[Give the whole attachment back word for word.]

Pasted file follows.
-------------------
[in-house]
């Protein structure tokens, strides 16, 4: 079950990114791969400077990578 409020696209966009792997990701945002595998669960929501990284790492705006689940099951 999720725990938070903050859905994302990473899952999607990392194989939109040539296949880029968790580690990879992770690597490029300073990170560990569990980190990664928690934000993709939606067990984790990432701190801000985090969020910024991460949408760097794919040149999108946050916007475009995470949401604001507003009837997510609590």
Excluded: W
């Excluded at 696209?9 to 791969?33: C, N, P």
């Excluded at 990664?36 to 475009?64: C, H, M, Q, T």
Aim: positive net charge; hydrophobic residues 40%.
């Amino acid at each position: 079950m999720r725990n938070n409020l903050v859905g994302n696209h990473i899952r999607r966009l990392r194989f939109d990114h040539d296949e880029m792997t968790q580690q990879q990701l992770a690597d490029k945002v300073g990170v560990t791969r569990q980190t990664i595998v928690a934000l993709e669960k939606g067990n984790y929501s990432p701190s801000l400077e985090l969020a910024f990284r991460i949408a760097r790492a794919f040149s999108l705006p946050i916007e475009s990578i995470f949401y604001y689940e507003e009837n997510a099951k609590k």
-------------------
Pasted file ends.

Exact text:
[in-house]
């Protein structure tokens, strides 16, 4: 079950990114791969400077990578 409020696209966009792997990701945002595998669960929501990284790492705006689940099951 999720725990938070903050859905994302990473899952999607990392194989939109040539296949880029968790580690990879992770690597490029300073990170560990569990980190990664928690934000993709939606067990984790990432701190801000985090969020910024991460949408760097794919040149999108946050916007475009995470949401604001507003009837997510609590």
Excluded: W
């Excluded at 696209?9 to 791969?33: C, N, P």
């Excluded at 990664?36 to 475009?64: C, H, M, Q, T």
Aim: positive net charge; hydrophobic residues 40%.
């Amino acid at each position: 079950m999720r725990n938070n409020l903050v859905g994302n696209h990473i899952r999607r966009l990392r194989f939109d990114h040539d296949e880029m792997t968790q580690q990879q990701l992770a690597d490029k945002v300073g990170v560990t791969r569990q980190t990664i595998v928690a934000l993709e669960k939606g067990n984790y929501s990432p701190s801000l400077e985090l969020a910024f990284r991460i949408a760097r790492a794919f040149s999108l705006p946050i916007e475009s990578i995470f949401y604001y689940e507003e009837n997510a099951k609590k």